On March 13, 2020, one hour before curtain at the Theatro Municipal in Rio de Janeiro, Sondra Radvanovsky received news that what was to be her first concert appearance of the year had been cancelled. The coronavirus had arrived. Thrown into limbo like hundreds of other performers around the globe, the engaging world soprano looked on helplessly as one by one a long list of subsequent scheduled engagements vanished overnight. Opera Going Toronto reached out by phone to the Toronto-based singer at her home in Caledon to discuss the current crisis in opera as well as her latest role as co-host of Screaming Divas, a free-wheeling opera vlog launched last April with longtime friend, fellow soprano Keri Alkema.

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I won’t ask you how you are, Sondra. You and Keri have been extremely open about your feelings, personal and professional both, on YouTube over the past couple of months. What I would like to know, however, is WHERE you are on this incredibly brutal journey called COVID-19? The emotional landscape never seems to stand still somehow.

You’re right. It’s an emotional roller coaster. But I find weather really affects my moods. If it’s sunny like today I feel more positive and hopeful. For the first month or so it was cold. It was snowing. Then we had the polar vortex. So now with the warmer weather I feel like my spirits are lifting a little bit. Also, there is some encouraging movement in the opera field happening in Europe with small concert events. Smaller venues. Social distancing, of course. But then I think, ‘When is it going to happen here?’ And then you start spiralling back downwards, right?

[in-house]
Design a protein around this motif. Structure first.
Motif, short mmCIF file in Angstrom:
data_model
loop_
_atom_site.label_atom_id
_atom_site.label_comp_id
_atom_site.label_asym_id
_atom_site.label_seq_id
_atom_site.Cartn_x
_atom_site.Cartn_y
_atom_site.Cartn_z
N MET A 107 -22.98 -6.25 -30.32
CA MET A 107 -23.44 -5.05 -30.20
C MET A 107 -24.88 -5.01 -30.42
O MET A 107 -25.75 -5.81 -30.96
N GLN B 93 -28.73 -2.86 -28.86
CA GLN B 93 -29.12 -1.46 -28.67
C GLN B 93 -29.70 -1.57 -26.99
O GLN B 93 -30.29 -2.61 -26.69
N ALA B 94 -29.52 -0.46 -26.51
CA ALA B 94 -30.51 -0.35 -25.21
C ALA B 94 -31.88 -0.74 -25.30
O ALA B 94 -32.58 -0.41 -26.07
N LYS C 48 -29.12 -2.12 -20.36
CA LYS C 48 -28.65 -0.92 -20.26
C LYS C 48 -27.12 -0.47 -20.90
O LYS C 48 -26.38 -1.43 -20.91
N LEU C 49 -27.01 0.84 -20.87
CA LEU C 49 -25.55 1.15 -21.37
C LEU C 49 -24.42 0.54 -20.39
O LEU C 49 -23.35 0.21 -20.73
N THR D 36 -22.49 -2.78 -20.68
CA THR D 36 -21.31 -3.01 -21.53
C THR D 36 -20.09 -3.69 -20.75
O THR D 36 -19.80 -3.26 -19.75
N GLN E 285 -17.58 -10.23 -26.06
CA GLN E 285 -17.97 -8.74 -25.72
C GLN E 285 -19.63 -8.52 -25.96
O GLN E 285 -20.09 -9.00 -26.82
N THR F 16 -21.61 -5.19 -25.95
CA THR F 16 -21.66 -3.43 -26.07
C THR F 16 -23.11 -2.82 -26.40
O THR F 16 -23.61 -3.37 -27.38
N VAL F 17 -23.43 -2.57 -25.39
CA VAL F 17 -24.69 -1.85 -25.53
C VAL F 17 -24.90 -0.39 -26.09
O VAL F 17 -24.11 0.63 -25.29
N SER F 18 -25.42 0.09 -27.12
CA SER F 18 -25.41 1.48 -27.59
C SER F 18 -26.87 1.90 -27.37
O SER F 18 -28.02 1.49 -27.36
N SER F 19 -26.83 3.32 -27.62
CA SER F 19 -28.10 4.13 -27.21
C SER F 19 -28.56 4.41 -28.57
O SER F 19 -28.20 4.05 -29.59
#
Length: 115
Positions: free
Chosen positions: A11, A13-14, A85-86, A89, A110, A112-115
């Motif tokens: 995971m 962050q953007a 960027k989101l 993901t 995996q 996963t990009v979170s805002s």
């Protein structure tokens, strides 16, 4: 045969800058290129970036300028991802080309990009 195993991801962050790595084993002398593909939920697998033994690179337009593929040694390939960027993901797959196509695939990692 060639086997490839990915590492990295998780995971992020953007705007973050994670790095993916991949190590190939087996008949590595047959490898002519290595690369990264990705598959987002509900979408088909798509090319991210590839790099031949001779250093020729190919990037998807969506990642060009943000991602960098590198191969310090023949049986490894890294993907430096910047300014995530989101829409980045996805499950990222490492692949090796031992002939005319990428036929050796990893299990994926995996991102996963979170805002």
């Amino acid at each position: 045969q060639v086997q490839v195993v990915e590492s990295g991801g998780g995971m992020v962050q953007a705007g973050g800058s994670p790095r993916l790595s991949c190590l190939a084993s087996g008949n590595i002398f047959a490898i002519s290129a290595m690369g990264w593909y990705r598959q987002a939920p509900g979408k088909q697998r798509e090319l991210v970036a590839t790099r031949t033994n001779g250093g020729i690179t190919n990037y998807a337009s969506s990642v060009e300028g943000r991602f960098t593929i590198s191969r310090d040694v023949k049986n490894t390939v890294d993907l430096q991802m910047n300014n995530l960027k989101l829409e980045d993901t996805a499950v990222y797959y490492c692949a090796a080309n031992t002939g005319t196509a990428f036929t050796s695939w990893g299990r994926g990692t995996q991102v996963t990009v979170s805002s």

It’s true. Have you developed any primary stress relievers to help you cope?

I have. Well, let me preface that by saying we’ve lived in our house here for 10 years now and we’ve never been home for more than two weeks in a row. My husband, Duncan, has built a gym for me in the basement so I’ve found a lot of solace in working out. Also, right now, I’ve just started singing again and I mean JUST. In the last 4 days. I hadn’t felt the desire before now. The need. The want. I just couldn’t deal with the emotional impact of singing. I just felt my soul wasn’t ready to do that yet. I don’t know about you but this has been an extremely reflective time for me because I haven’t really gotten off the merry-go-round in 25 years. I started my career and I hit the ground running and it’s just been GO, GO, GO, GO!